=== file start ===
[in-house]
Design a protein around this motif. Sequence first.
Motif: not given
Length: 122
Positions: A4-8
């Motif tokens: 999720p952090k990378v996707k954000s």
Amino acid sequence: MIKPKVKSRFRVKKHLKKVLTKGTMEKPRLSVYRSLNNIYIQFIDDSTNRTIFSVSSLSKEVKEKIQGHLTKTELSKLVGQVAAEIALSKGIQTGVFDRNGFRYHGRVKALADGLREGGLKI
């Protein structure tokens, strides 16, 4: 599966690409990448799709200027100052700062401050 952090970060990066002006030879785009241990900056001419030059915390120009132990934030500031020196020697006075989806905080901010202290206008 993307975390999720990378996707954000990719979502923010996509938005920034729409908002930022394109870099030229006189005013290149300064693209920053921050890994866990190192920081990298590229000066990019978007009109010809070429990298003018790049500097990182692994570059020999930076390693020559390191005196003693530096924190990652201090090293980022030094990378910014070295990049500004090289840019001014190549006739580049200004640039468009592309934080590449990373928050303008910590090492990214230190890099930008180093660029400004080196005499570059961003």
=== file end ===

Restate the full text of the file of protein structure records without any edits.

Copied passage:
[in-house]
Design a protein around this motif. Sequence first.
Motif: not given
Length: 122
Positions: A4-8
């Motif tokens: 999720p952090k990378v996707k954000s």
Amino acid sequence: MIKPKVKSRFRVKKHLKKVLTKGTMEKPRLSVYRSLNNIYIQFIDDSTNRTIFSVSSLSKEVKEKIQGHLTKTELSKLVGQVAAEIALSKGIQTGVFDRNGFRYHGRVKALADGLREGGLKI
């Protein structure tokens, strides 16, 4: 599966690409990448799709200027100052700062401050 952090970060990066002006030879785009241990900056001419030059915390120009132990934030500031020196020697006075989806905080901010202290206008 993307975390999720990378996707954000990719979502923010996509938005920034729409908002930022394109870099030229006189005013290149300064693209920053921050890994866990190192920081990298590229000066990019978007009109010809070429990298003018790049500097990182692994570059020999930076390693020559390191005196003693530096924190990652201090090293980022030094990378910014070295990049500004090289840019001014190549006739580049200004640039468009592309934080590449990373928050303008910590090492990214230190890099930008180093660029400004080196005499570059961003």